Regards,
Tel

#43 JDSherman

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Posted 27 December 2007 - 07:50 PM

Hi folks I was wondering if I could get some help here. I am about to try to polar align my 8iSE on a (what I believe is a) Celestron Heavy Duty wedge. I checked mike's web site at http://www.nexstarsi...lignmentFAQ.htm but I couldn't find a specific polar alignment procedure. I did find this on the web however - http://www.telescope...s/nexstar8i.pdf

The problem here is that the information from telescopereviews.com seems backwards as far as the legs of the mount go. Assuming that issue is due to the difference in the example wedge vs. my wedge, do I just point the mount arm towards celestial north (not magnetic north) and set the latitude on the wedge. After that I follow the instructions according to the controller. Does anyone have a preference on which EQ Align type is best? Also the procedure asks me to align the OTA to the meridian. Isn't it already aligned to the meridian if I start with the mount arm and the OTA pointed at the NCP?

Sorry for all of the questions. Any help is appreciated. Especially if it points out the reasons why the referenced PDF from telescopereviews.com seems backwards to me.

Thanks in advance for any help.

#44 MikeML

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Posted 27 December 2007 - 08:19 PM

FWIW, I don't know if all Celestron bolt patterns are the same, but I have a heavy duty wedge on a Celestar tripod. With this setup one leg points due South when aligned.
Secondly when you have your scope mounted the fork should point at the pole

#45 JDSherman

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Posted 27 December 2007 - 08:42 PM

Now that sounds like what I'm expecting to see. If you don't mind saying, where in NJ are you? I'm in East Windsor.

#46 Tel

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Posted 27 December 2007 - 09:43 PM

HI JD,

Does a Nexstar 8iSE actually fit on this heavy duty wedge ?

I was under the impression that these were only designed to carry the 8", 9.25" and 11" fork mounted 'scopes, not the single arm 6SE, 8i, 8iSE and 8SE series for which there is an appropriately designed alternative wedge available.

Regards,
Tel

#47 JDSherman

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Posted 27 December 2007 - 10:53 PM

I would say yes. The three bolt holes line up perfectly. The only issue I can see possibly being a problem (keep in mind I have not taken it outside yet) is that when I need to align the 90 degree OTA and arm marks the scope just touches the tray part of the wedge. I think it clears and if it doesen't I think I can finess it by moving the Ray's Bracket since it is VERY close if it indeed touches at all. Or I could just do surgery on the tray if necessary - but It looks OK by just eyeing it. I'll check it out for real if the clouds ever clear here in NJ.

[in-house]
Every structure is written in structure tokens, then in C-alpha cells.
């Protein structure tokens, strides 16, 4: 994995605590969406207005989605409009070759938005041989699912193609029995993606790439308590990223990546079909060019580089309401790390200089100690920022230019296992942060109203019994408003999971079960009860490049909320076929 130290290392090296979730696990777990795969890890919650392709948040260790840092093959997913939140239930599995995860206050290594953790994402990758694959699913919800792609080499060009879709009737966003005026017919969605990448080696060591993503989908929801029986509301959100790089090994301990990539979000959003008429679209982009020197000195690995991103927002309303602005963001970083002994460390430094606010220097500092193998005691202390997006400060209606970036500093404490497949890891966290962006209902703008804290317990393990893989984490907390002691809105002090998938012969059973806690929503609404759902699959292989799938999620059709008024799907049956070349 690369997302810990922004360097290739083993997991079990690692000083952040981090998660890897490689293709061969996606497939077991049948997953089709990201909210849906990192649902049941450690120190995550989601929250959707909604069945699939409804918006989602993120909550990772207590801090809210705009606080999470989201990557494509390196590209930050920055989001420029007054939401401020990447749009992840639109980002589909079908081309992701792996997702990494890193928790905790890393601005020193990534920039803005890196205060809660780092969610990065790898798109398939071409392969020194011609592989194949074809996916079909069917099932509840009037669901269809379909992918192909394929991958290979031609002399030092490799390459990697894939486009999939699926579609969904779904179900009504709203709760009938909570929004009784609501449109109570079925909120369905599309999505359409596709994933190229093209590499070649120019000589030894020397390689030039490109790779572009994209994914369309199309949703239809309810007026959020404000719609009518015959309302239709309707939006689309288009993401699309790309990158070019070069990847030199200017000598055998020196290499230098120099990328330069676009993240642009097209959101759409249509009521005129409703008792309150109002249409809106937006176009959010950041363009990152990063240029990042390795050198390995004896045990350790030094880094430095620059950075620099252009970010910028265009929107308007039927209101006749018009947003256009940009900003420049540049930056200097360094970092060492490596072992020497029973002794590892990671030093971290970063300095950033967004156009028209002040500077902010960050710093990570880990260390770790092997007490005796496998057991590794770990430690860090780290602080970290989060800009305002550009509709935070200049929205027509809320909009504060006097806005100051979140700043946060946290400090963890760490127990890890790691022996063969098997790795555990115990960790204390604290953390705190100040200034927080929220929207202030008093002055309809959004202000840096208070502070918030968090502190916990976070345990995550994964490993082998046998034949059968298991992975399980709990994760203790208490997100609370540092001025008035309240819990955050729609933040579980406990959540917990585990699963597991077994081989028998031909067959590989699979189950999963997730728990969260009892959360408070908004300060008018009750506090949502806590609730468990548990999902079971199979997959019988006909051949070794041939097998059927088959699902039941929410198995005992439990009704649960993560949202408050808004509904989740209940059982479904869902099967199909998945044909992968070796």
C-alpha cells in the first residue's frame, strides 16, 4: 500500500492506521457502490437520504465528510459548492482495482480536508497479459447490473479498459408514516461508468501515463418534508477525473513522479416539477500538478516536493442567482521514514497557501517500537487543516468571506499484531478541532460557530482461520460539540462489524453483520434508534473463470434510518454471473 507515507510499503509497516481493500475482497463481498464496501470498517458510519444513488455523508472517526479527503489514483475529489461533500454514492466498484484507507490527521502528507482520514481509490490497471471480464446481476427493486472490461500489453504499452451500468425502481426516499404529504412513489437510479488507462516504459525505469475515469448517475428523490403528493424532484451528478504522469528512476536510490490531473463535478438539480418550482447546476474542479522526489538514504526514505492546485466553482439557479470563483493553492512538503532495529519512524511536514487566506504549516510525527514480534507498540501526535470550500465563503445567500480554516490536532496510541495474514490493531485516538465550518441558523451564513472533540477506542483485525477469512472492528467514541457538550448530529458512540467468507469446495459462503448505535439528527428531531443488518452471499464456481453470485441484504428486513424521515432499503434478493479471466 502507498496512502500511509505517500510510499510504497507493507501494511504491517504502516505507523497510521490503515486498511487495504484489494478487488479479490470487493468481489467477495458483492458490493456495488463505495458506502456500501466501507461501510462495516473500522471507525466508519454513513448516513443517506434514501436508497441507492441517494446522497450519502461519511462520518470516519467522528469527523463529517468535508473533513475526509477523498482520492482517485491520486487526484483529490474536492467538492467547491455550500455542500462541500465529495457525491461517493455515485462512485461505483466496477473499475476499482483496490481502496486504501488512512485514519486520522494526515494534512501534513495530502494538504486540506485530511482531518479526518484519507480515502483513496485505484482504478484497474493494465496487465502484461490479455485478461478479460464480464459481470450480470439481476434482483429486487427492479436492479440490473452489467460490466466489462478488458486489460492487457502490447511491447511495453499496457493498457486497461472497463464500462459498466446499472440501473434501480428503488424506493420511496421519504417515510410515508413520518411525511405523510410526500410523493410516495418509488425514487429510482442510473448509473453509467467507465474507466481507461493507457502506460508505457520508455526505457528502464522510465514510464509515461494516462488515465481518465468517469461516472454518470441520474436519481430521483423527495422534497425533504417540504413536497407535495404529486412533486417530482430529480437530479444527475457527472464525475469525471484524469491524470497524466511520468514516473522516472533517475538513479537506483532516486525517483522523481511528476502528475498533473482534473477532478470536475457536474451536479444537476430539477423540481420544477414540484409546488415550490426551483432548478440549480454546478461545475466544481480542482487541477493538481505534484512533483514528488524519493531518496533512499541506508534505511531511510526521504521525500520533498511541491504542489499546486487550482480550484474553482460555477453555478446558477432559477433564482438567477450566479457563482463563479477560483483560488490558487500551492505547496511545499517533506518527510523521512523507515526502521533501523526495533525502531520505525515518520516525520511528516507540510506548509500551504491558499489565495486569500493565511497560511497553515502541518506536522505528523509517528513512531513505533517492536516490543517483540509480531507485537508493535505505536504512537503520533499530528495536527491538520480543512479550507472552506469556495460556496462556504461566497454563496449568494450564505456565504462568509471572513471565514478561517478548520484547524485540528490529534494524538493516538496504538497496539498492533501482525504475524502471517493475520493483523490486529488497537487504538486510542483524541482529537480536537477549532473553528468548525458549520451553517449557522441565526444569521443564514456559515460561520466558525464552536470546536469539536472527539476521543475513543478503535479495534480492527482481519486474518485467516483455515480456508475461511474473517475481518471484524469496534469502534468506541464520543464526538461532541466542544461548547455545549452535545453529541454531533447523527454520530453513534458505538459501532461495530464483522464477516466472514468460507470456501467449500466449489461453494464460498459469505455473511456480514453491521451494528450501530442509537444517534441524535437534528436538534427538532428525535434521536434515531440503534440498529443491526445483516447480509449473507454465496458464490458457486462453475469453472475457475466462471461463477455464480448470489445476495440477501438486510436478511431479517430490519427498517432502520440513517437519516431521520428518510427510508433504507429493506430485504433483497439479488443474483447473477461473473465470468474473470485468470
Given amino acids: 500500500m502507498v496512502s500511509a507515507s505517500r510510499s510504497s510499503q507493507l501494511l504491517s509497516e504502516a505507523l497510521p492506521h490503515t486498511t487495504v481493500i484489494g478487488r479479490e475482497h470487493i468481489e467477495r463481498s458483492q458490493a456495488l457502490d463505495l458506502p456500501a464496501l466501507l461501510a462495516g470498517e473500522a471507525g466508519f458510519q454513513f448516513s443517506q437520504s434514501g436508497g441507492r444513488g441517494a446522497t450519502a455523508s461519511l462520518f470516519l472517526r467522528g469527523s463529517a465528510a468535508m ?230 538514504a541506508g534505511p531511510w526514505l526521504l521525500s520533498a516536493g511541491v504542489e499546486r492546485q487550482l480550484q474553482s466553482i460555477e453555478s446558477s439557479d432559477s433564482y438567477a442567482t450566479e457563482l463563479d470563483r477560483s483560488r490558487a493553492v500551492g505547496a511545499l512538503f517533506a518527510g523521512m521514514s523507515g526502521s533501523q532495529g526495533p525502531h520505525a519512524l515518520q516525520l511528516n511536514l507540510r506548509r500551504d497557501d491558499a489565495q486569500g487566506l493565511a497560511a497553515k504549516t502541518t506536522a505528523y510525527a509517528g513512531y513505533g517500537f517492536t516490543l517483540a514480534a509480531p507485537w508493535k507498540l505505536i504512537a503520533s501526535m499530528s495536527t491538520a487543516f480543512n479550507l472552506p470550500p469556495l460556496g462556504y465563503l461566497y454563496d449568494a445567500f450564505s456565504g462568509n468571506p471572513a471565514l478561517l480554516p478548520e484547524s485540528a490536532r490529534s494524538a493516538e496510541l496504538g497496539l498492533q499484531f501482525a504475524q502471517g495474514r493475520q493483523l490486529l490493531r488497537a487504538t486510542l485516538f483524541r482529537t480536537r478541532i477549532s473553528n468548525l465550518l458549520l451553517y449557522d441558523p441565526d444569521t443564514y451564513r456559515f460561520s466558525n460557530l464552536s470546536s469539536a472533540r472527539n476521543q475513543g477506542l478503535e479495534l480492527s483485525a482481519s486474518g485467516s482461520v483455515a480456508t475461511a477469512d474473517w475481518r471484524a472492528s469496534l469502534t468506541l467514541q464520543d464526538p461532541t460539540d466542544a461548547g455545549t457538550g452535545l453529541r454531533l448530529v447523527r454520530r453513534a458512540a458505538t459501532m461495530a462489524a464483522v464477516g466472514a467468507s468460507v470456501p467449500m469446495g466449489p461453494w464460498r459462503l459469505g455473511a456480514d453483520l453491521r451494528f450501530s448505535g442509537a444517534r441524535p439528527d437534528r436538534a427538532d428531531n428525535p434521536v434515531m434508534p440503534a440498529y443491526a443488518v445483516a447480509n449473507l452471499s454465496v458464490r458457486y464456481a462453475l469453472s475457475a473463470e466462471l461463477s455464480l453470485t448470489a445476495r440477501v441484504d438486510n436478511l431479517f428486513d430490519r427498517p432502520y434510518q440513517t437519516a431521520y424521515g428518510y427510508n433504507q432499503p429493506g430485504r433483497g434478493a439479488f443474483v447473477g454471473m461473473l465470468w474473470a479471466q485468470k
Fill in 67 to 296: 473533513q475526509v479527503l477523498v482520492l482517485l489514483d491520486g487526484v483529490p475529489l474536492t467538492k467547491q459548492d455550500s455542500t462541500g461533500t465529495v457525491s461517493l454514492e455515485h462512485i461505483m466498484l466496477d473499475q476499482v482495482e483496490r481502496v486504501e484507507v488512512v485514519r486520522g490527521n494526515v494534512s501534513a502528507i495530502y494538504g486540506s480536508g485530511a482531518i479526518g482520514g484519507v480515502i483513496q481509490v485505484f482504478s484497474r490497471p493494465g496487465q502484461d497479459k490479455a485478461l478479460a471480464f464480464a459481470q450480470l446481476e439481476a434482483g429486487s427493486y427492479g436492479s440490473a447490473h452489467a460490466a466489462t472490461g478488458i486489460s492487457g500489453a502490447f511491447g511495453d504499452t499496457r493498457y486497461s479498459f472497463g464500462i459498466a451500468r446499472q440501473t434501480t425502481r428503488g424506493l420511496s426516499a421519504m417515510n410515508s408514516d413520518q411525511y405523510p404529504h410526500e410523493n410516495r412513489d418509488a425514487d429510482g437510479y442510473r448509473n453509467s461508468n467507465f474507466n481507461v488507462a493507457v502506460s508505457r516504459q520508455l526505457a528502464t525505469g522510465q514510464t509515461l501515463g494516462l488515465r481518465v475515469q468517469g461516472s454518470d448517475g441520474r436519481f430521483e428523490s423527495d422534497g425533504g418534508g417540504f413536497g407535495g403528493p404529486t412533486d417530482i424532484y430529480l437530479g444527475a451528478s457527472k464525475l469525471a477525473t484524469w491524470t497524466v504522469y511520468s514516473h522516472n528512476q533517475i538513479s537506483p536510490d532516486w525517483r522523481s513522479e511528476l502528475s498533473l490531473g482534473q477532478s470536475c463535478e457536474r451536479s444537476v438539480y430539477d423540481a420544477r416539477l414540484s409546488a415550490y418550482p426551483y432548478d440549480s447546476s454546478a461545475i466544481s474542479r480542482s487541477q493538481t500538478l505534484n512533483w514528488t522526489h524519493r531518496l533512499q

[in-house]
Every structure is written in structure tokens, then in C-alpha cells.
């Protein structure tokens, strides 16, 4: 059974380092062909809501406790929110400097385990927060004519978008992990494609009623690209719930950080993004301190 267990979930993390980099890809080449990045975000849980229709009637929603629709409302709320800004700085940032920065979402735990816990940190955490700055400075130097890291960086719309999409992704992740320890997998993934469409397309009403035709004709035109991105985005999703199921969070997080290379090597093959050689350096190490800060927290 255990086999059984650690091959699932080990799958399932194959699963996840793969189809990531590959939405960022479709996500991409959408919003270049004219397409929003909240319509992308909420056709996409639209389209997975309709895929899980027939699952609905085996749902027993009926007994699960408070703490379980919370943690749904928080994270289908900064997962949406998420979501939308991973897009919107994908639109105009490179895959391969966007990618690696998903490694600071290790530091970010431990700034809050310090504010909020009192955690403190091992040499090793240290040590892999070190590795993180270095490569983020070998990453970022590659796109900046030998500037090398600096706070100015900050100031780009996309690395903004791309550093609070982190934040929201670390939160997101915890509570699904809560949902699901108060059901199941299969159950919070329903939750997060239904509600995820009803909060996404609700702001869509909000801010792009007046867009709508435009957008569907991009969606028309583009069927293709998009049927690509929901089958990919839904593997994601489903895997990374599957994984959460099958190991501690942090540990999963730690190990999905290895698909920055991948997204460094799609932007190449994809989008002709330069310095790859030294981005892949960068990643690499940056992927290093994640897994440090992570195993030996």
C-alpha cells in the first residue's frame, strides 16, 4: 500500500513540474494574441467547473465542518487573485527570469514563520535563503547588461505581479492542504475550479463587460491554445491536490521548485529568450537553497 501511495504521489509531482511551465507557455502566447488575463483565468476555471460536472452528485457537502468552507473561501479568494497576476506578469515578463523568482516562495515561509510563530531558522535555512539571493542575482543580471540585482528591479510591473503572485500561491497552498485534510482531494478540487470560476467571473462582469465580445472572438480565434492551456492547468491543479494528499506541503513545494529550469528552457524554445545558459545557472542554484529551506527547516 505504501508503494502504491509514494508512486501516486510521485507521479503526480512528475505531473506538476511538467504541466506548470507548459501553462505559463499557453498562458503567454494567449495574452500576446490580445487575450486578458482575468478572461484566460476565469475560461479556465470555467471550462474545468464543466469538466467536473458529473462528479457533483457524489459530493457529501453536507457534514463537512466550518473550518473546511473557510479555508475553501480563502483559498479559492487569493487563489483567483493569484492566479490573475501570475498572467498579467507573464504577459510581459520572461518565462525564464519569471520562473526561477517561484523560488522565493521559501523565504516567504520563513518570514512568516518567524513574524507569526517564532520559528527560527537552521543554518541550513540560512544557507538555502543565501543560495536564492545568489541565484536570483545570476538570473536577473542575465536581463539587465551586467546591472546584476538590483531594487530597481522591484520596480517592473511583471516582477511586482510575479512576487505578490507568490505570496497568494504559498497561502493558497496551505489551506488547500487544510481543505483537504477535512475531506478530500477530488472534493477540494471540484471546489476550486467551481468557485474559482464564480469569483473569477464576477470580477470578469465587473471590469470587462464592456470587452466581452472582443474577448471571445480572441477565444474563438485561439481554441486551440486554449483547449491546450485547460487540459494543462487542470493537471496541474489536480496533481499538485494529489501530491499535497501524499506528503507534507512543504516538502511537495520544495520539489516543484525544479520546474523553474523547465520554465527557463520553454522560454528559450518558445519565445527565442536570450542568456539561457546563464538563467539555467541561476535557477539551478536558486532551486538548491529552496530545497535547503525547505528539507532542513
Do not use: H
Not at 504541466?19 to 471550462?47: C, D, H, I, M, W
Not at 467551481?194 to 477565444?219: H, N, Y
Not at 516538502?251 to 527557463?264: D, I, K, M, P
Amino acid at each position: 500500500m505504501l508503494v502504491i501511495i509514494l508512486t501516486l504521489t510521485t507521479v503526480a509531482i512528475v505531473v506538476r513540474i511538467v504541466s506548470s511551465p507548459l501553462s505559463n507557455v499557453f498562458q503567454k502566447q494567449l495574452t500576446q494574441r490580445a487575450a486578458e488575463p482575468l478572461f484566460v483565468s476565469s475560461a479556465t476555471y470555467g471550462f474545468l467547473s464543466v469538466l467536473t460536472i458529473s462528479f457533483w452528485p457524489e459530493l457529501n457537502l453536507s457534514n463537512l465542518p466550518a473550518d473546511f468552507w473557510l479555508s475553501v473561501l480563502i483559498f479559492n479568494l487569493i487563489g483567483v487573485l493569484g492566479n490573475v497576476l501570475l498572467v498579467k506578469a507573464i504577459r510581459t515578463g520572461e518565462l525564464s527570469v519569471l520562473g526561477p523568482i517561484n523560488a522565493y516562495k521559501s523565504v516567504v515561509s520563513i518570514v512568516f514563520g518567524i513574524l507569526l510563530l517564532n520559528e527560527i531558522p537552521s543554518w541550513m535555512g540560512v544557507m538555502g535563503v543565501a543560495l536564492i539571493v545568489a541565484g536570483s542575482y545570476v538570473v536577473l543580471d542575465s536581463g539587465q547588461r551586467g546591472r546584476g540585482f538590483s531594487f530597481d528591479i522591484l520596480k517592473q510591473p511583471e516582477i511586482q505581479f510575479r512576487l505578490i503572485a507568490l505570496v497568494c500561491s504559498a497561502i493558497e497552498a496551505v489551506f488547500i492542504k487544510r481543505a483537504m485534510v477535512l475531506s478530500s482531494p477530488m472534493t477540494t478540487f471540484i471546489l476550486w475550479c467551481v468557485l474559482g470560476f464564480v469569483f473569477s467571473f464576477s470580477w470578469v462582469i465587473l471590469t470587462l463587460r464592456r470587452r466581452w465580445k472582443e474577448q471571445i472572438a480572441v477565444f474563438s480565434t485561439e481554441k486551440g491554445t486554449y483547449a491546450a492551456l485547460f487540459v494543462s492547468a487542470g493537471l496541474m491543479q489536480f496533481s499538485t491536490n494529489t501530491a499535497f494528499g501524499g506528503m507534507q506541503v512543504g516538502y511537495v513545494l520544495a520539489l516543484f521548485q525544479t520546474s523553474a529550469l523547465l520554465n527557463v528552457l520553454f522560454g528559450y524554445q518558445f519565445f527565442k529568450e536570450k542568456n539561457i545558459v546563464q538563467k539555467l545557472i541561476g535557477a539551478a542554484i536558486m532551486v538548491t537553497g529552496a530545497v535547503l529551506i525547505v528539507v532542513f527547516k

#48 Tel

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Posted 28 December 2007 - 06:01 AM

Hi JD,

Sounds OK and with a little modification should work fine but I must admit I don't understand why, as Mike commented, one leg of the tripod should point due south. North yes, towards the region of Polaris, but south only if you're in the southern hemisphere which clearly your're not.

In normally setting up a "tripoded" 'scope for polar alignment its usual to choose one leg to be known as the "north leg" for current and future orientation of the whole set up if the viewing position is not a permanent one.

Some people therefore take to marking an "N" on the chosen leg. I always guessed that the leg of our tripods carrying the Celestron logo on it was to be used for this purpose.

(NB. the foregoing of course describes for NH users like ourselves).

If this leg is then set to point north, then the other two legs must point east and west respectively.

I don't know the heavy duty wedge that well at all but I have a standard one for my N8i (Ray's Bracket et al.)and from my experience, find Anjal C. Sharma's documented orientation perfectly sound.

I can't see therefore that the design of the wedge itself would make any difference but I may be wrong so in my case it's :

Chosen leg to the north -- mount arm to the west.

I'm puzzled therefore, but then again I may well be missing something !

Best regards,
Tel

#49 JDSherman

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Posted 28 December 2007 - 09:35 AM

Tel,

From what I've seen in Anjal's doc and from what Mike posted above I think for us HD wedge users the bolt pattern is reversed. There is no other way to attach the HD wedge to the standard tripod without the (a) "pointing leg" pointing south for us. No big deal. Mount arm to the west you say. That is a clue I hadn't noticed.

Thanks for your help.

#50 JDSherman

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Posted 28 December 2007 - 09:57 AM

I posted this in the other thread but it fits here. I found another resource for polar alignment if anyone is interested: http://c8astronomy1....tml/c8polar.htm